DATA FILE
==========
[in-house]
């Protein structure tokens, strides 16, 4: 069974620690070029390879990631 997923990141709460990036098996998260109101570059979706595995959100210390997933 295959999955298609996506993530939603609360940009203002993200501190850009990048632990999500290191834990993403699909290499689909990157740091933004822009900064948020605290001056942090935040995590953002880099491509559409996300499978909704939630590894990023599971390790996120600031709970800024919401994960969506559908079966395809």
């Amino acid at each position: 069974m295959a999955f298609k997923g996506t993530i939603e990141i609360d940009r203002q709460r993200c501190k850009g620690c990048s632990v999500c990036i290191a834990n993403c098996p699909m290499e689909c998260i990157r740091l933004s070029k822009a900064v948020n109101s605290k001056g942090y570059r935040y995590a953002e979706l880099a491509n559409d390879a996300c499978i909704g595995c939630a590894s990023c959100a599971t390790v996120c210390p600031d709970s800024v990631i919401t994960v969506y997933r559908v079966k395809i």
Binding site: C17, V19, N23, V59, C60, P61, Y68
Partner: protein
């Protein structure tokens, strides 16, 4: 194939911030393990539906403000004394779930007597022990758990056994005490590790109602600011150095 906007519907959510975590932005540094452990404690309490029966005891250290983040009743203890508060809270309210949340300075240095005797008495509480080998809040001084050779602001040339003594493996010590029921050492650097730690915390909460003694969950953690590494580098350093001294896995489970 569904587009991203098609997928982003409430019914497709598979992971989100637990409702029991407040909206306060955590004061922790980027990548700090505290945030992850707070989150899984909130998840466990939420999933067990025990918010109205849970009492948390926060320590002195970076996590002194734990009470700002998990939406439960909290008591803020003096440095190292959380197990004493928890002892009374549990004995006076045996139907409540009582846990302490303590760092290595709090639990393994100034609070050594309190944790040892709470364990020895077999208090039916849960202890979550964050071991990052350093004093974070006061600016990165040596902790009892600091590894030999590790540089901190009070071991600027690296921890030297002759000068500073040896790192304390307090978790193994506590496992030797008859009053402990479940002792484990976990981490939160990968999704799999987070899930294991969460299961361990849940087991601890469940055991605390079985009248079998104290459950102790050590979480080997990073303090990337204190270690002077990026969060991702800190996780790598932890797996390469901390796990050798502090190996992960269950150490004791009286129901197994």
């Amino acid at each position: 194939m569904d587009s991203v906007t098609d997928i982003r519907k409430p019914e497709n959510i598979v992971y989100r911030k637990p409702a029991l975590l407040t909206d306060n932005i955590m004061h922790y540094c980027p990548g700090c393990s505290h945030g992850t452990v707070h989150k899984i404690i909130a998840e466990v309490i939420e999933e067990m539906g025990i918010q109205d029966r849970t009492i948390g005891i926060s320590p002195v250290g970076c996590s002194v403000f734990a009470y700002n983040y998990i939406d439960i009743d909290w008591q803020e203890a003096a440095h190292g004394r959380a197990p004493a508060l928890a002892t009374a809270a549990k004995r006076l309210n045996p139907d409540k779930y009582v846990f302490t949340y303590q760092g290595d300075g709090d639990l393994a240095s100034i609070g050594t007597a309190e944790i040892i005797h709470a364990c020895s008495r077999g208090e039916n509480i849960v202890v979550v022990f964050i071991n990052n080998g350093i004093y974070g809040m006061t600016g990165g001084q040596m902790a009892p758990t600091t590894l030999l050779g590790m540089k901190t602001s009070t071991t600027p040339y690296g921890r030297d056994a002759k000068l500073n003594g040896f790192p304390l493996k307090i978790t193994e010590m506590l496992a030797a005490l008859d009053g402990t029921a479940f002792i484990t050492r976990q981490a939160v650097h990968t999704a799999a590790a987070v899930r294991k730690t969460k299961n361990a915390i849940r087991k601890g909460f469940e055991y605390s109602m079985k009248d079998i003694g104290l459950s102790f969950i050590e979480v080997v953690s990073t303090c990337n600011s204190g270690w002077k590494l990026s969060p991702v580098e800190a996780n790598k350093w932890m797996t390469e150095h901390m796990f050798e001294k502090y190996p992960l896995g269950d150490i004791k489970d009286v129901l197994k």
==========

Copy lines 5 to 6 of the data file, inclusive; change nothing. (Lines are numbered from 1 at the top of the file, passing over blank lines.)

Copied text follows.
Partner: protein
């Protein structure tokens, strides 16, 4: 194939911030393990539906403000004394779930007597022990758990056994005490590790109602600011150095 906007519907959510975590932005540094452990404690309490029966005891250290983040009743203890508060809270309210949340300075240095005797008495509480080998809040001084050779602001040339003594493996010590029921050492650097730690915390909460003694969950953690590494580098350093001294896995489970 569904587009991203098609997928982003409430019914497709598979992971989100637990409702029991407040909206306060955590004061922790980027990548700090505290945030992850707070989150899984909130998840466990939420999933067990025990918010109205849970009492948390926060320590002195970076996590002194734990009470700002998990939406439960909290008591803020003096440095190292959380197990004493928890002892009374549990004995006076045996139907409540009582846990302490303590760092290595709090639990393994100034609070050594309190944790040892709470364990020895077999208090039916849960202890979550964050071991990052350093004093974070006061600016990165040596902790009892600091590894030999590790540089901190009070071991600027690296921890030297002759000068500073040896790192304390307090978790193994506590496992030797008859009053402990479940002792484990976990981490939160990968999704799999987070899930294991969460299961361990849940087991601890469940055991605390079985009248079998104290459950102790050590979480080997990073303090990337204190270690002077990026969060991702800190996780790598932890797996390469901390796990050798502090190996992960269950150490004791009286129901197994």